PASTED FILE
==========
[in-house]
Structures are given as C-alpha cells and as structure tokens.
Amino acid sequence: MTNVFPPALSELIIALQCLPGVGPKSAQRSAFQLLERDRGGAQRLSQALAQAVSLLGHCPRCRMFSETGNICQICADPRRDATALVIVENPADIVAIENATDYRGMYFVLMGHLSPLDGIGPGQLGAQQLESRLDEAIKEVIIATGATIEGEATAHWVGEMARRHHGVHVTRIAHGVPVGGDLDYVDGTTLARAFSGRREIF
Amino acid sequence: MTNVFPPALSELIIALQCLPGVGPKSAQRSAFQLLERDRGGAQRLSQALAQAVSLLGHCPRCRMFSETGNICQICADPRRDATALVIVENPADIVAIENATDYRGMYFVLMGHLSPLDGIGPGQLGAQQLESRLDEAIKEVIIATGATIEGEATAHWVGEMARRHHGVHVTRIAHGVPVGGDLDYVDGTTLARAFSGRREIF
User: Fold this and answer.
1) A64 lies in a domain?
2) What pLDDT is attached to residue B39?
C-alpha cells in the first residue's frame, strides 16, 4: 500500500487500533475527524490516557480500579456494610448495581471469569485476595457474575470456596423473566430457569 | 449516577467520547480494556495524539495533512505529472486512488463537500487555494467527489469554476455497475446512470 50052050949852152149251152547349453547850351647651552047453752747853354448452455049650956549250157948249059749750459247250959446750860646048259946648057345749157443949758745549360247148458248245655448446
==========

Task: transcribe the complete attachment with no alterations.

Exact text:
[in-house]
Structures are given as C-alpha cells and as structure tokens.
Amino acid sequence: MTNVFPPALSELIIALQCLPGVGPKSAQRSAFQLLERDRGGAQRLSQALAQAVSLLGHCPRCRMFSETGNICQICADPRRDATALVIVENPADIVAIENATDYRGMYFVLMGHLSPLDGIGPGQLGAQQLESRLDEAIKEVIIATGATIEGEATAHWVGEMARRHHGVHVTRIAHGVPVGGDLDYVDGTTLARAFSGRREIF
Amino acid sequence: MTNVFPPALSELIIALQCLPGVGPKSAQRSAFQLLERDRGGAQRLSQALAQAVSLLGHCPRCRMFSETGNICQICADPRRDATALVIVENPADIVAIENATDYRGMYFVLMGHLSPLDGIGPGQLGAQQLESRLDEAIKEVIIATGATIEGEATAHWVGEMARRHHGVHVTRIAHGVPVGGDLDYVDGTTLARAFSGRREIF
User: Fold this and answer.
1) A64 lies in a domain?
2) What pLDDT is attached to residue B39?
C-alpha cells in the first residue's frame, strides 16, 4: 500500500487500533475527524490516557480500579456494610448495581471469569485476595457474575470456596423473566430457569 | 449516577467520547480494556495524539495533512505529472486512488463537500487555494467527489469554476455497475446512470 50052050949852152149251152547349453547850351647651552047453752747853354448452455049650956549250157948249059749750459247250959446750860646048259946648057345749157443949758745549360247148458248245655448446